Both the original and revised design had weaknesses. The original M&E design included indicators that were not clearly defined and not linked to project activities, thus they were not measured and were dropped during the restructuring. The original M&E design did not include relevant efficiency indicators. The revised M&E design added indicators that improved without relevant project activities implemented, and therefore attribution is an issue.

b. M&E Implementation:

The initial M&E actions were not carried out as agreed, and the M&E officer in the Development Coordination Unit (DCU) resigned. Thereafter, progress reports were prepared and baseline studies carried out as planned. The restructuring in March 2013 made M&E less demanding. Most initial indicators were dropped and new indicators added. The DCU monitoring and evaluation officer managed the implementation of component 1, including technical assistance to the development of the decision support system and sector performance assessment, as well as overseeing implementation of the VTC management information system.

a. M&E Utilization:

M&E findings were mainly used to inform project implementation and the design and implementation of the public information and awareness efforts.

M&E Quality Rating: Modest

11. Other Issues:

a. Safeguards:

The project did not trigger any safeguard policies. This was a Category C operation.

b. Fiduciary Compliance:

Financial Management. According to the ICR (p.12) reporting was timely and satisfactory to the Bank. Audit opinions were unqualified. An exceptional 6-month grace period was granted following project closure to process payment for all contracts.

Procurement. Initially, procurement was satisfactory to the Bank. There were subsequent delays caused by the termination of technical assistance contracts (ICR, p.12). Slow decision making by stakeholders contributed to stagnation in procurement and disbursement. The Ministry of Finance budget restrictions completely stalled the procurement process. These shortcomings seriously affected project implementation.

c. Unintended Impacts (positive or negative):
None reported.

d. Other:

12. Ratings:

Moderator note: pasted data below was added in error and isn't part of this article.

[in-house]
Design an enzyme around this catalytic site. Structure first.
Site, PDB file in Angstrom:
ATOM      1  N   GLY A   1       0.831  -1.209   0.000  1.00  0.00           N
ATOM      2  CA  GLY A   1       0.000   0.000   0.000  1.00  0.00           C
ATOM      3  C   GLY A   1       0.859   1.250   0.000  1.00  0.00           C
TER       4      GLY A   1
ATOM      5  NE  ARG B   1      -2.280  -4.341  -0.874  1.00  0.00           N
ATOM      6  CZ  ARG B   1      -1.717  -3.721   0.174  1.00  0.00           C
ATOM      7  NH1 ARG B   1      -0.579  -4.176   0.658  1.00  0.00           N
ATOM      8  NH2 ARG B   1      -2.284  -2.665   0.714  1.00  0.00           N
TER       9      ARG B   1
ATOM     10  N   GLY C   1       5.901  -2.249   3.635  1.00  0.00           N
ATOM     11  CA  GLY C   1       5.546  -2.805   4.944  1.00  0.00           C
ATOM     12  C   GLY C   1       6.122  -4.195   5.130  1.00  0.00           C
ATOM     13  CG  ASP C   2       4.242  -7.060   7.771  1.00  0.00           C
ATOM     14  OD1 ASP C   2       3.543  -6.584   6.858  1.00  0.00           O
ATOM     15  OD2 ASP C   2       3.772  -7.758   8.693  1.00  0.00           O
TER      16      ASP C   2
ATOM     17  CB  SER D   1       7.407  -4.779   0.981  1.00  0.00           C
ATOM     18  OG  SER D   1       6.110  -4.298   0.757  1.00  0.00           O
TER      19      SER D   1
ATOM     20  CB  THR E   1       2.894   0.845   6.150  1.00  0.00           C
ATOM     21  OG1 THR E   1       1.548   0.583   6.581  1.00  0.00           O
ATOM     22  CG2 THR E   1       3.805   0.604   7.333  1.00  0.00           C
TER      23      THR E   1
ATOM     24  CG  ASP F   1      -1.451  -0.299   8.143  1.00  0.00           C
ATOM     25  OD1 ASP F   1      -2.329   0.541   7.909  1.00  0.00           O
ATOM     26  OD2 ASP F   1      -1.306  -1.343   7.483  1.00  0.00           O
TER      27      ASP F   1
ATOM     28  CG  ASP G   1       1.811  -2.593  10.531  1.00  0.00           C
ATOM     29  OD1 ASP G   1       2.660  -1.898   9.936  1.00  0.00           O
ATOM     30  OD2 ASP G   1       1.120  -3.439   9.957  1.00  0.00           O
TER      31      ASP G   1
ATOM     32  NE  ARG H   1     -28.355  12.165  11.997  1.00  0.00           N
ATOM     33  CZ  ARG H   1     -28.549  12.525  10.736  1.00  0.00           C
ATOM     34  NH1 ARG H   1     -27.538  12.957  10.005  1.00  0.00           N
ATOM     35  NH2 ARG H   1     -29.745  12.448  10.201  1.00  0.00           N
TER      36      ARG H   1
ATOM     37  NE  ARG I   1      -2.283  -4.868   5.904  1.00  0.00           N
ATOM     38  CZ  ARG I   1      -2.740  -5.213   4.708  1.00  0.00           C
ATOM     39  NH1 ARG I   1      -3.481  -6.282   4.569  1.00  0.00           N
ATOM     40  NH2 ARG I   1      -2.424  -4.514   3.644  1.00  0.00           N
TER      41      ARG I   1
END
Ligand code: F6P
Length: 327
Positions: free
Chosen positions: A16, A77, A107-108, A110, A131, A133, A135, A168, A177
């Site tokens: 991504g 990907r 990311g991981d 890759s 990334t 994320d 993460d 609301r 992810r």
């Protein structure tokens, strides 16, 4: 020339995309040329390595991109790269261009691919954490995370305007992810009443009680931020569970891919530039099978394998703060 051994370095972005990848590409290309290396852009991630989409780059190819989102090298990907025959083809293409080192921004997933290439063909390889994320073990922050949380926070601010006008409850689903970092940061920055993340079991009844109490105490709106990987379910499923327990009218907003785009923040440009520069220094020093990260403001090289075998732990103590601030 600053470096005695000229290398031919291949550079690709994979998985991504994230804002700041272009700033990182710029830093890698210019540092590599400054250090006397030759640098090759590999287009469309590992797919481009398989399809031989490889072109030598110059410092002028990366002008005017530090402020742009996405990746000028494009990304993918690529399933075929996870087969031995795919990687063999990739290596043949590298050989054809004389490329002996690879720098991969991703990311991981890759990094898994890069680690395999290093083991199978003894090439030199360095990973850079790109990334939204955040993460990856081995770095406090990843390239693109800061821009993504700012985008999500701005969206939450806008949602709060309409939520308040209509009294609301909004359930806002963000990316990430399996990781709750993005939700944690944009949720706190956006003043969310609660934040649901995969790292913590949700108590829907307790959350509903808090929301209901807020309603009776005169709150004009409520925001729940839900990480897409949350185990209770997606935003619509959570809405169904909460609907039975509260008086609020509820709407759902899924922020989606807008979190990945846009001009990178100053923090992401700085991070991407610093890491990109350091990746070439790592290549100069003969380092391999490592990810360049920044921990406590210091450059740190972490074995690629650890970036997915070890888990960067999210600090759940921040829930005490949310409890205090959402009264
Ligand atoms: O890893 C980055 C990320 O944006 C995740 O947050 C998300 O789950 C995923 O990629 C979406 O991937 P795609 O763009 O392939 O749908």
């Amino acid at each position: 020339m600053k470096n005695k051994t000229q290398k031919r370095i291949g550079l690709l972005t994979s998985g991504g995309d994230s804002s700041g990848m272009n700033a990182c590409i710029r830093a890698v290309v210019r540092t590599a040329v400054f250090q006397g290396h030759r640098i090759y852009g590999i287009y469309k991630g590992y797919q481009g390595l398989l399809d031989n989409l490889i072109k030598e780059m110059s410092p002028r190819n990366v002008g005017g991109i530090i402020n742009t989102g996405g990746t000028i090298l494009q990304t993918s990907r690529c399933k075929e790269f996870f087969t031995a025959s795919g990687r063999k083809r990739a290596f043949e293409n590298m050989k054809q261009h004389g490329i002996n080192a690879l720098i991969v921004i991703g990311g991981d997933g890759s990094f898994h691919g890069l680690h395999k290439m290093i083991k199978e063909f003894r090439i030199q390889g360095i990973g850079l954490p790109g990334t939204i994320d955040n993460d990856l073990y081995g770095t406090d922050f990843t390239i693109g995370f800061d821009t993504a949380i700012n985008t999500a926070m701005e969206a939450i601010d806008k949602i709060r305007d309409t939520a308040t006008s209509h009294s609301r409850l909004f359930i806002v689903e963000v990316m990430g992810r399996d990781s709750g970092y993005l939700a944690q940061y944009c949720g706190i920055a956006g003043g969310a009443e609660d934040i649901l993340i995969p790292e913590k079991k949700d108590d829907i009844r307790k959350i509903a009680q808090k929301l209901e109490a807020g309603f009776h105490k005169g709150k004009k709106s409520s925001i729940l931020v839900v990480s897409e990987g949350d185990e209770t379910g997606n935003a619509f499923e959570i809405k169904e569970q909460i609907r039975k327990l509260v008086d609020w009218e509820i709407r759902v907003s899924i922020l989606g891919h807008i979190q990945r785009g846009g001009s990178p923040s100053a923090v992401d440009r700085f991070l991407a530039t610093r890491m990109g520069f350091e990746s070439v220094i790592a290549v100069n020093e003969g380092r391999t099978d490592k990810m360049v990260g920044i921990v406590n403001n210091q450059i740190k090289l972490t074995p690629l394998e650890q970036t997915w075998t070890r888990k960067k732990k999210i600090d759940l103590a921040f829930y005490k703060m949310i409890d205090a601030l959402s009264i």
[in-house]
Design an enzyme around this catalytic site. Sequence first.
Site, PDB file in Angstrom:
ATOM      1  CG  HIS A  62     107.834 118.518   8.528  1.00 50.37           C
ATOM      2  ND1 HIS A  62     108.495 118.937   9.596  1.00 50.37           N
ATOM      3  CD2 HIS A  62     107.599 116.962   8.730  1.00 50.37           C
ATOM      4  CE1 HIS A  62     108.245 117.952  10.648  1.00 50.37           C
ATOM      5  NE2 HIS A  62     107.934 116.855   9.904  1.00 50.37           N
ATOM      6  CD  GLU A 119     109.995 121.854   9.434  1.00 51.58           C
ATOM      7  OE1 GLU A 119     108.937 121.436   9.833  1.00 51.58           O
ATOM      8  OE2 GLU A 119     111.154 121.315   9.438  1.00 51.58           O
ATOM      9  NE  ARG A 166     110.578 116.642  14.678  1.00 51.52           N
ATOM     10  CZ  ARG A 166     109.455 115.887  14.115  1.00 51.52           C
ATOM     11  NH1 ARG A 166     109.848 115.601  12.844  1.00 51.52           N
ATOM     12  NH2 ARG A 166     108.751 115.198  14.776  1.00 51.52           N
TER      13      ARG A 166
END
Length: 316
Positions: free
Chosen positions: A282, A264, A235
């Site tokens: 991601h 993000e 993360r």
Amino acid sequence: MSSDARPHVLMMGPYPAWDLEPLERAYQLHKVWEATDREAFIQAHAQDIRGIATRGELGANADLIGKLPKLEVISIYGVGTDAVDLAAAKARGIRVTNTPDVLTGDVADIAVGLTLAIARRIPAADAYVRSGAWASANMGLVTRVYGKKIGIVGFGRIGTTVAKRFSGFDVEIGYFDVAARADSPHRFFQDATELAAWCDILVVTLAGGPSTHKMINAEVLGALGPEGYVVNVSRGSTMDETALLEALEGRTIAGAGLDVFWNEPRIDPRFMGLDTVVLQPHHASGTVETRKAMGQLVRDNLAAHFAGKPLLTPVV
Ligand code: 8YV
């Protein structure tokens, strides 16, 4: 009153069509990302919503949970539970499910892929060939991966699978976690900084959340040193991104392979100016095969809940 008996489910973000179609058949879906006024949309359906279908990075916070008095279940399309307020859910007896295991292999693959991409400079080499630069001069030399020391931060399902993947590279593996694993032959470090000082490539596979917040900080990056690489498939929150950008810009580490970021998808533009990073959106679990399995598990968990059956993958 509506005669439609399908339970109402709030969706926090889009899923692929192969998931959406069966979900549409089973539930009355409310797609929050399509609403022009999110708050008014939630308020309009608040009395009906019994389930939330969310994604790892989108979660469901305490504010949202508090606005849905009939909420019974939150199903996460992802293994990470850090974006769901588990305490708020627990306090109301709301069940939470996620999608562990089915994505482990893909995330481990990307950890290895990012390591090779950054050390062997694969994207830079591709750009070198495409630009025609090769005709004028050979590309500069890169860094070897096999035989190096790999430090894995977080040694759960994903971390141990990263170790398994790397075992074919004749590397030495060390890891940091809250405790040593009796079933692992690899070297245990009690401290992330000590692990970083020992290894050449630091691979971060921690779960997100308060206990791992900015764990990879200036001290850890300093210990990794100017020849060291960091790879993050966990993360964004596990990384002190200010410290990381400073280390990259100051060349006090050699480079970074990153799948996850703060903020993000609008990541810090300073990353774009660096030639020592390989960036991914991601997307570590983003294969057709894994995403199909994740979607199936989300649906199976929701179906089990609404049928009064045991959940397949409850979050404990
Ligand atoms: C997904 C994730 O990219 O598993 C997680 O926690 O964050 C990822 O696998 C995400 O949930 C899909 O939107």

IEG Review
Reason for Disagreement/Comments
Moderately Unsatisfactory
Moderately Unsatisfactory
Risk to Development Outcome:
Bank Performance:
Moderately Satisfactory
Moderately Satisfactory

Borrower Performance:
Moderately Unsatisfactory
Government commitment was lacking and capacity at the implementation agency weak, which contributed to serious delays and cancellation of activities.


Quality of ICR:
- When insufficient information is provided by the Bank for IEG to arrive at a clear rating, IEG will downgrade the relevant ratings as warranted beginning July 1, 2006.
- The "Reason for Disagreement/Comments" column could cross-reference other sections of the ICR Review, as appropriate.

13. Lessons:

    The ICR (pp. 23-25) identifies several valuable lessons:

    It is important to allow for enough time and a gradual change process. Complex changes need a gradual implementation process, buy-in from all stakeholders, and leadership capacity among relevant stakeholders. In this case, a paradigm shift from supply-driven to demand-driven E-TVET programs was more difficult to implement than originally planned.

    Problems with technical assistance can severely slow down progress. In this case, several delays in project implementation resulted from problems with technical assistance, including the rejection of inception reports and the need to rebid one major contract. Better results were achieved when all stakeholders participated in the formulation of relevant terms of reference and in the implementation of activities.

    Training on Bank procurement and financial management supports smooth implementation. The borrower's ICR also identifies the need for training of all relevant stakeholders in Bank fiduciary rules during project preparation. Early training will provide a clear understanding on the additional resources needed in terms of staff and time to follow Bank rules.

14. Assessment Recommended?


15. Comments on Quality of ICR:

The ICR is well written and concise. It is candid in its assessment, contains good analysis, and is appropriately critical. The ICR Is internally consistent and consistent with guidelines.

a. Quality of ICR Rating: Satisfactory